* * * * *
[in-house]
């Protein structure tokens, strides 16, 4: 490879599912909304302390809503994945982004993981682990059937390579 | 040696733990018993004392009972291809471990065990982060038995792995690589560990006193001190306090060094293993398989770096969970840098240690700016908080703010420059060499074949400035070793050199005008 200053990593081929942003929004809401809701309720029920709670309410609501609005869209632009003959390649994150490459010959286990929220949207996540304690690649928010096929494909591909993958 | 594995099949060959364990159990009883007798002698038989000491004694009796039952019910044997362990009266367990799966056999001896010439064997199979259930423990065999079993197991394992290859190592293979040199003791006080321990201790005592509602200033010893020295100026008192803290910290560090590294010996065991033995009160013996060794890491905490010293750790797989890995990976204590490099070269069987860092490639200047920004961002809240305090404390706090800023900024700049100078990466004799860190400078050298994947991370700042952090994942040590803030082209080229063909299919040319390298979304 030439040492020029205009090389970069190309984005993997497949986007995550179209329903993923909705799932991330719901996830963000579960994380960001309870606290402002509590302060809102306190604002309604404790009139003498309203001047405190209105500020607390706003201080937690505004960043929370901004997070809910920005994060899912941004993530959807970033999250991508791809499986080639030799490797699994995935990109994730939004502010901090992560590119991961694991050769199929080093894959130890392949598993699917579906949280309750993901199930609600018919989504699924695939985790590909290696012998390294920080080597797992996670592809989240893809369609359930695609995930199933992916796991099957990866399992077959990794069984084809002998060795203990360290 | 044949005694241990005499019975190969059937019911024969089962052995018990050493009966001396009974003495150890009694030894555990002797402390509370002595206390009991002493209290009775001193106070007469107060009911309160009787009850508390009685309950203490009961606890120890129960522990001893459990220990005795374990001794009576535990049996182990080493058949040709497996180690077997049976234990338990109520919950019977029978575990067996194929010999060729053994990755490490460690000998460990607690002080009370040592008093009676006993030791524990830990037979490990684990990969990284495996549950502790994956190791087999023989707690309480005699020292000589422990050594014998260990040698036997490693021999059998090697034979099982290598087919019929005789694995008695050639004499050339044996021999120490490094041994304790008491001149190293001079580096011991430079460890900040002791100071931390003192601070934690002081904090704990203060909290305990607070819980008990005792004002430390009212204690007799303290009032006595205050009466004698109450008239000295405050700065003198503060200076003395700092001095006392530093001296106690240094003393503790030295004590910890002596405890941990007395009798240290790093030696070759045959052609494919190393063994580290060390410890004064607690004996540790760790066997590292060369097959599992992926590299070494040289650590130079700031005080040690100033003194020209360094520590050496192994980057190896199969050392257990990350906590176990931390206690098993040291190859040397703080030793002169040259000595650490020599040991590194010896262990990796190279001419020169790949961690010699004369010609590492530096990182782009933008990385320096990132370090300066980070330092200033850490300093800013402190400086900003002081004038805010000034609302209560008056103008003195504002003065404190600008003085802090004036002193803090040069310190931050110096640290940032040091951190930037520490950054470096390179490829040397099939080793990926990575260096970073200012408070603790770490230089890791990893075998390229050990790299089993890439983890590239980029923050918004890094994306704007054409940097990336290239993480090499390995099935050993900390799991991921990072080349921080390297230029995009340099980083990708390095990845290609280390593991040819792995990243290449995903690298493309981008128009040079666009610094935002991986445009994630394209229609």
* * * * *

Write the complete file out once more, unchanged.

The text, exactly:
[in-house]
């Protein structure tokens, strides 16, 4: 490879599912909304302390809503994945982004993981682990059937390579 | 040696733990018993004392009972291809471990065990982060038995792995690589560990006193001190306090060094293993398989770096969970840098240690700016908080703010420059060499074949400035070793050199005008 200053990593081929942003929004809401809701309720029920709670309410609501609005869209632009003959390649994150490459010959286990929220949207996540304690690649928010096929494909591909993958 | 594995099949060959364990159990009883007798002698038989000491004694009796039952019910044997362990009266367990799966056999001896010439064997199979259930423990065999079993197991394992290859190592293979040199003791006080321990201790005592509602200033010893020295100026008192803290910290560090590294010996065991033995009160013996060794890491905490010293750790797989890995990976204590490099070269069987860092490639200047920004961002809240305090404390706090800023900024700049100078990466004799860190400078050298994947991370700042952090994942040590803030082209080229063909299919040319390298979304 030439040492020029205009090389970069190309984005993997497949986007995550179209329903993923909705799932991330719901996830963000579960994380960001309870606290402002509590302060809102306190604002309604404790009139003498309203001047405190209105500020607390706003201080937690505004960043929370901004997070809910920005994060899912941004993530959807970033999250991508791809499986080639030799490797699994995935990109994730939004502010901090992560590119991961694991050769199929080093894959130890392949598993699917579906949280309750993901199930609600018919989504699924695939985790590909290696012998390294920080080597797992996670592809989240893809369609359930695609995930199933992916796991099957990866399992077959990794069984084809002998060795203990360290 | 044949005694241990005499019975190969059937019911024969089962052995018990050493009966001396009974003495150890009694030894555990002797402390509370002595206390009991002493209290009775001193106070007469107060009911309160009787009850508390009685309950203490009961606890120890129960522990001893459990220990005795374990001794009576535990049996182990080493058949040709497996180690077997049976234990338990109520919950019977029978575990067996194929010999060729053994990755490490460690000998460990607690002080009370040592008093009676006993030791524990830990037979490990684990990969990284495996549950502790994956190791087999023989707690309480005699020292000589422990050594014998260990040698036997490693021999059998090697034979099982290598087919019929005789694995008695050639004499050339044996021999120490490094041994304790008491001149190293001079580096011991430079460890900040002791100071931390003192601070934690002081904090704990203060909290305990607070819980008990005792004002430390009212204690007799303290009032006595205050009466004698109450008239000295405050700065003198503060200076003395700092001095006392530093001296106690240094003393503790030295004590910890002596405890941990007395009798240290790093030696070759045959052609494919190393063994580290060390410890004064607690004996540790760790066997590292060369097959599992992926590299070494040289650590130079700031005080040690100033003194020209360094520590050496192994980057190896199969050392257990990350906590176990931390206690098993040291190859040397703080030793002169040259000595650490020599040991590194010896262990990796190279001419020169790949961690010699004369010609590492530096990182782009933008990385320096990132370090300066980070330092200033850490300093800013402190400086900003002081004038805010000034609302209560008056103008003195504002003065404190600008003085802090004036002193803090040069310190931050110096640290940032040091951190930037520490950054470096390179490829040397099939080793990926990575260096970073200012408070603790770490230089890791990893075998390229050990790299089993890439983890590239980029923050918004890094994306704007054409940097990336290239993480090499390995099935050993900390799991991921990072080349921080390297230029995009340099980083990708390095990845290609280390593991040819792995990243290449995903690298493309981008128009040079666009610094935002991986445009994630394209229609």